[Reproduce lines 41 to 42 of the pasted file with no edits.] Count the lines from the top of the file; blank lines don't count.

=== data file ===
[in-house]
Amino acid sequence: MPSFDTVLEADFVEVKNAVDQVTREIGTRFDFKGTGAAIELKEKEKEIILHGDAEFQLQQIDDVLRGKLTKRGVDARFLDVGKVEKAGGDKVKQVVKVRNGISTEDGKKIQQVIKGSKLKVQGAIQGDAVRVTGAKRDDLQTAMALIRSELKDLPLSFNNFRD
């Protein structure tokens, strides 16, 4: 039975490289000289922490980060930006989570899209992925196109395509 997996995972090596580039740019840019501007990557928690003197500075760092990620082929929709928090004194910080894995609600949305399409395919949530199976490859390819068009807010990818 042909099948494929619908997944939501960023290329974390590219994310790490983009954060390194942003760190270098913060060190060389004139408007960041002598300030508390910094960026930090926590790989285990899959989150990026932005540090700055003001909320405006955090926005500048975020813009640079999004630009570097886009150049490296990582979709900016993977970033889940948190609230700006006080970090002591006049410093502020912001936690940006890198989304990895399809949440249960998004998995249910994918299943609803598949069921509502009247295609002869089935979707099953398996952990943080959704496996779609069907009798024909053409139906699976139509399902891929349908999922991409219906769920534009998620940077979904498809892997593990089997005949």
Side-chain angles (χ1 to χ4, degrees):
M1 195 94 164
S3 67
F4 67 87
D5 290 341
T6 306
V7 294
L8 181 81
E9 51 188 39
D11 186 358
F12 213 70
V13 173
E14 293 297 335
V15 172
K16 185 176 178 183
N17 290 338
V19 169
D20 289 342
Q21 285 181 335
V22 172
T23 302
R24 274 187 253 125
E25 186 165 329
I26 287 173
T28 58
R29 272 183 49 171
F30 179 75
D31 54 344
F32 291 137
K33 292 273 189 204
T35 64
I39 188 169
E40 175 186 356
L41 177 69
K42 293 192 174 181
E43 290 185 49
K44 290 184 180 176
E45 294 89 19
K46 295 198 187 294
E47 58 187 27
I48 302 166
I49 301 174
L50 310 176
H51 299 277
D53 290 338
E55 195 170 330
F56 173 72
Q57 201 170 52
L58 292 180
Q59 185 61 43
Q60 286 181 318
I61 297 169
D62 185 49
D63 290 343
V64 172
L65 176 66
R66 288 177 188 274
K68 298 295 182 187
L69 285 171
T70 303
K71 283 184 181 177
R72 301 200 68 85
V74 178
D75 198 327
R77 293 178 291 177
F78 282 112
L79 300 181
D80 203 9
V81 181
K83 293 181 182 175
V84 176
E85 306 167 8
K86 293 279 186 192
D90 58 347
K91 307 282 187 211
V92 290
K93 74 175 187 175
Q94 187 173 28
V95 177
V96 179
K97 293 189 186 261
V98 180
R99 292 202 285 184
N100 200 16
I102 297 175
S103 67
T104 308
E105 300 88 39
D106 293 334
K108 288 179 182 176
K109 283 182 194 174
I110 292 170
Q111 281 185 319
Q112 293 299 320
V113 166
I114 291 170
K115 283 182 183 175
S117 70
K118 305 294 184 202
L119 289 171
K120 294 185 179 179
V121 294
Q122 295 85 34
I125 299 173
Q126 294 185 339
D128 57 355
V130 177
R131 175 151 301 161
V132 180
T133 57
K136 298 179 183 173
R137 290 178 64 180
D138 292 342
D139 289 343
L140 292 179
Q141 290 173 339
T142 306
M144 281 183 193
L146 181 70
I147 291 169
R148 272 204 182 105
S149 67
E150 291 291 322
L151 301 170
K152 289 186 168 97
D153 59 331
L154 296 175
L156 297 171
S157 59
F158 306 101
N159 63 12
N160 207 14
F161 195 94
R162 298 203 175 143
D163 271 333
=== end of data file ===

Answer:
E45 294 89 19
K46 295 198 187 294